Qin Shi Huang did many things to organise his new empire. He wanted it to run smoothly for many many years. He confirmed many improvements is different areas as follows. Money-Emperor Qin also merged China by organising needed money and standard units of measure. Since everyone was using the same money and measurements, the whole of China ran much smoother.
The Qin dynasty was established by Qin Shi Huang after he united all of the governing states of China in 221 BCE. While China was in the late Warring States Period, Qin Shi Huang (personal name: Ying Zheng) conquered the six other states of China; Zhao, Wei, Han, Yan, Chu, and Qi, forming a merged country, all ruled by Qin Shi Huang. During the Qin dynasty, many developments were made that are very significant to Chinese history today. Chinese language was standardized, especially in writing. The Great Wall of China was also built under the rule of Qin Shi Huang and his son, Hu Hai.
One of the difference between the Qin and the Han dynasty is that Qin dynasty practiced Legalism and the Han dynasty practiced Confucianism. For the Han dynasty, in Document 3, states that they had a exam system of giving opportunities for everyone across the dynasty who has outstanding moral and learning to have a chance to have a role in the government, which shows that the Han dynasty emperor gave more opportunities to the commoners. For the Qin in Document 2, says that the people follow the rules, and there are no trouble because the people understand what happens when they do not follow the rules, which leads to punishments. Which shows that the Qin dynasty had strict rules for people to just obey for the government and have no say. Taking
The Han Dynasty and the Roman Empire had just fallen, and it created chaos and disorder for some but for others it was a new chance for a greater life. After the Han Dynasty had fallen, the short but powerful Sui Dynasty reunited China in the late 500s which laid the foundations for the Tang and Song Dynasties. Both dynasties brought great change to the Chinese culture and their ways of life. The Tang and Song Dynastic periods both contributed to the flowering of Chinese society, and both were successful in several different areas. Both Dynasties are considered Golden Ages of China for several reasons.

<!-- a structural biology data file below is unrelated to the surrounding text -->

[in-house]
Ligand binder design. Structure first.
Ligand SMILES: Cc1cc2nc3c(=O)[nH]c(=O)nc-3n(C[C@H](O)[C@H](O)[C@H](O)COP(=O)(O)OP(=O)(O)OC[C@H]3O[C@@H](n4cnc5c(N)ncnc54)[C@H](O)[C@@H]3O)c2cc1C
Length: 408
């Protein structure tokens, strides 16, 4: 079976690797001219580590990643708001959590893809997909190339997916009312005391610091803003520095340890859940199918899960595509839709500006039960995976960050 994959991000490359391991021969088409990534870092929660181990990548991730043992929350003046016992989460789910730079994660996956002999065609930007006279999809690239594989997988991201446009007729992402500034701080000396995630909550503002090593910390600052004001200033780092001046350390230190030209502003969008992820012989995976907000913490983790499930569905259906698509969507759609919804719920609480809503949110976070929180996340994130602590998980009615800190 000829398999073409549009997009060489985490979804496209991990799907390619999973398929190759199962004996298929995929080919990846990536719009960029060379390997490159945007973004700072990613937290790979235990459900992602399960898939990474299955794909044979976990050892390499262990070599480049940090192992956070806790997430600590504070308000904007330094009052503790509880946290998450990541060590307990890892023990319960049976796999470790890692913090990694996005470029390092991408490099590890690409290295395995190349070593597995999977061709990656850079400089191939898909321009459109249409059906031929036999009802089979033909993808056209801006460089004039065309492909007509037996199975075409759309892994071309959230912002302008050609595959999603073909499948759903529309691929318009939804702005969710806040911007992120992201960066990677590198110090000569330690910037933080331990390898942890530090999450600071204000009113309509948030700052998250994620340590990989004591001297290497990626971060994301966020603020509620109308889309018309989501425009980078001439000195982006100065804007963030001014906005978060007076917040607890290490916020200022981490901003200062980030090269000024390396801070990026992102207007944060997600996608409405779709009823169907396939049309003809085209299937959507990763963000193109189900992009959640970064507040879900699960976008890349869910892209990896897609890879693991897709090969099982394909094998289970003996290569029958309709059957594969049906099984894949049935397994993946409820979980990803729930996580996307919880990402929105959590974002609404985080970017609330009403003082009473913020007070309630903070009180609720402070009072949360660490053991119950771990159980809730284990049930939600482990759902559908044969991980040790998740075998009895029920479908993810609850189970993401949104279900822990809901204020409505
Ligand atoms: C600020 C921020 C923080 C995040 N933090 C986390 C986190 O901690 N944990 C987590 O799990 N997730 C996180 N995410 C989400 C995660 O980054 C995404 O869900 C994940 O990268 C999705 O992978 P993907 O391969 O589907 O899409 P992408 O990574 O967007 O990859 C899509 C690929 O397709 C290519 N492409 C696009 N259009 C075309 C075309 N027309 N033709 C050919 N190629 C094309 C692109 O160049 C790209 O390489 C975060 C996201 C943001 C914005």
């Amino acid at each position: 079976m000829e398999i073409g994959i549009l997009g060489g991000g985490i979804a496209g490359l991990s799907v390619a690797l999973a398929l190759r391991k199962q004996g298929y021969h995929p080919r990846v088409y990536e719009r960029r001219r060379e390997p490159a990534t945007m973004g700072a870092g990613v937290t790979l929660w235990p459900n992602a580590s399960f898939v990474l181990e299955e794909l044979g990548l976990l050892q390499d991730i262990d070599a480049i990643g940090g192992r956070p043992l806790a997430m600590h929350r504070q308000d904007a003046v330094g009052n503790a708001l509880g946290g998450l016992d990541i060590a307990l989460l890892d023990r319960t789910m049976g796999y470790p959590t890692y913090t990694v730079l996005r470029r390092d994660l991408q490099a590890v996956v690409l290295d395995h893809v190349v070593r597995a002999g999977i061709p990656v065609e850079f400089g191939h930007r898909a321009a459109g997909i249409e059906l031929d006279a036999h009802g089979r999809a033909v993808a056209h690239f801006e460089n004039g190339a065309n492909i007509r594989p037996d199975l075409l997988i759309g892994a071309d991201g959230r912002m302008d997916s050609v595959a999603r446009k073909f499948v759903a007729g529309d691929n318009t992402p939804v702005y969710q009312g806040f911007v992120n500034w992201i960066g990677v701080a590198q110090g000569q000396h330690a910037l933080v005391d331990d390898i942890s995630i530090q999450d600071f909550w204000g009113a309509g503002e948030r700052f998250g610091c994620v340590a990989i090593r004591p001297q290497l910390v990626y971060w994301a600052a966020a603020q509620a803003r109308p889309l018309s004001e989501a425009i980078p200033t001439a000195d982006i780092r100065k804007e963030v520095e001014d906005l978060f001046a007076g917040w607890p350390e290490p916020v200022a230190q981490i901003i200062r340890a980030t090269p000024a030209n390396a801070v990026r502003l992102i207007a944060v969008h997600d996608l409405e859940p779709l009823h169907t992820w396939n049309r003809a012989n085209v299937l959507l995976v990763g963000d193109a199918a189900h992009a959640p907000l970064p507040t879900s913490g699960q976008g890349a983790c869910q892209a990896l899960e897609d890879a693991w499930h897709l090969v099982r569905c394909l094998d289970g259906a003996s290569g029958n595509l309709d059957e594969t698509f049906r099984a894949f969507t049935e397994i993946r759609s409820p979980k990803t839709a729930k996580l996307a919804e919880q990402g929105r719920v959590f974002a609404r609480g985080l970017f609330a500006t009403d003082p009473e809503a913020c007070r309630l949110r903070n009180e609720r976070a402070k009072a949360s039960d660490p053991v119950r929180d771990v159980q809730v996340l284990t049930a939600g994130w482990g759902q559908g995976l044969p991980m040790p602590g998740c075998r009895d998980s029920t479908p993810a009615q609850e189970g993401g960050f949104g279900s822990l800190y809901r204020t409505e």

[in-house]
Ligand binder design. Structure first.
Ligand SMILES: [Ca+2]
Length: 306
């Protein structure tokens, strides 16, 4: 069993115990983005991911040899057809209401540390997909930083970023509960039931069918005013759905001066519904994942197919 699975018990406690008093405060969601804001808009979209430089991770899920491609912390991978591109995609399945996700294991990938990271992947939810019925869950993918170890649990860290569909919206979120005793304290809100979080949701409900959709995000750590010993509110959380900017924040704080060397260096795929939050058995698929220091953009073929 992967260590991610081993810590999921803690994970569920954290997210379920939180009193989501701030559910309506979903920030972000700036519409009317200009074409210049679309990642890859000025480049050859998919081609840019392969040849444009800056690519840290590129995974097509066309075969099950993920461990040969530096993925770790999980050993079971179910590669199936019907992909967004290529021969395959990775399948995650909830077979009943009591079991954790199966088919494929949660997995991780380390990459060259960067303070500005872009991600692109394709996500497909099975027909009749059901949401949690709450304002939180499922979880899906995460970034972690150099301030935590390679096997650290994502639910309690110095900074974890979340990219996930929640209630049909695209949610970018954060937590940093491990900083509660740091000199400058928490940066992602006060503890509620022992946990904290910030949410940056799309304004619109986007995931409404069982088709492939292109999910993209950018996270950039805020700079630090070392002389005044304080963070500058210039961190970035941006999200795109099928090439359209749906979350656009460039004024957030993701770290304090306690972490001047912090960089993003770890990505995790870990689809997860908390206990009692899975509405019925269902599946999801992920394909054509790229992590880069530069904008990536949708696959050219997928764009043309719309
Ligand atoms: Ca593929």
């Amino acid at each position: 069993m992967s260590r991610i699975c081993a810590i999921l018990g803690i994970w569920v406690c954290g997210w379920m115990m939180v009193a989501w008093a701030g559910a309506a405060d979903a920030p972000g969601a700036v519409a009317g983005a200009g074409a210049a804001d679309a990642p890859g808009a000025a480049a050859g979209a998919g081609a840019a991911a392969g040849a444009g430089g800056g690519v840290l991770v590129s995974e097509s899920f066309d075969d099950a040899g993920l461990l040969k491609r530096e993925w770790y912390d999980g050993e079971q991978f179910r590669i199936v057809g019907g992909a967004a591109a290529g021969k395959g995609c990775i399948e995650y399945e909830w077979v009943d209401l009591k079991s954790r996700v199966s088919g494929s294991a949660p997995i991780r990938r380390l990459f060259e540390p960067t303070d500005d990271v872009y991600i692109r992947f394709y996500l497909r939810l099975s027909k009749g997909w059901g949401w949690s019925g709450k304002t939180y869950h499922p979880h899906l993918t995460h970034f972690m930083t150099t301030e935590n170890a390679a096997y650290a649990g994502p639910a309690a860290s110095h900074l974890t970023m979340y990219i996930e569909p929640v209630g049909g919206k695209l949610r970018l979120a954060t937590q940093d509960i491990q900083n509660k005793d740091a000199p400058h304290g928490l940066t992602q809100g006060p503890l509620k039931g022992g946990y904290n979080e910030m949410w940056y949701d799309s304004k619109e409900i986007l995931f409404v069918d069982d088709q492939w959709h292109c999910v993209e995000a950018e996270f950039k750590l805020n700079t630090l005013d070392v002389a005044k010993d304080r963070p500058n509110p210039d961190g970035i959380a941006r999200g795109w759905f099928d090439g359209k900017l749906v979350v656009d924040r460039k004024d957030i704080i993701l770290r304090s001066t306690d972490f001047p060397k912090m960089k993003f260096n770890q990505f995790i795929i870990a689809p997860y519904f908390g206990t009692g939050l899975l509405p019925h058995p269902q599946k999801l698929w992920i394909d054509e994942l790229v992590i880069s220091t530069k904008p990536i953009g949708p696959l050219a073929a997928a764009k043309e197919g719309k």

The government became a bureaucracy he strengthen the military, and made giant technological advances. Qin developed legalism forcing his power of the government on people, only forcing his power that enabled him to build his tomb. If his people did not follow these rules they would have been severely punished. Like other second wave civilizations China absorbed the religion of
Political integration between both empires had both similarities and differences, most notably being different with the ways they chose those to rule. In Imperial Rome, bureaucracy relied on local elites (landholders) and the middle-class citizens to control provinces. Imperial Rome was far less complex, compared to the bureaucracy of Han China. Many official positions within the government were bought or became hereditary through family wealth as opposed to earned by merit, due to this fact, the Roman bureaucracy often suffered from poor governance. One of the reasons the empire was so unified even
Both of these dynasties are very similar, especially the fact that both were culturally rich and known to be “Golden Ages” in Chinese history. Both of these dynasties saw many advances in technology, with the invention of the compass and paper. Trade with other countries was a major occurrence during both the Han and Song Dynasty. Another factor that connects these two dynasties is the fact that they both use a common written language for those who were educated. The examination taken in order to receive a government position that was started during the Han Dynasty was also used during the Song Dynasty, so that people born into class were not automatically given government positions, but those who were intellectual and capable to hold a position were given the opportunity.
As China grew with population and technologies, so did their government. Their military was weak but they had the idea to make iron and steel weaponry. The increase of weapons allowed the Chinese military to have more power over the people. Yet, the downfall of their era was their tactics in controlling their army and the rebellious citizens. As China’s economy and population grows, so does the growth of politics and Urban life styles.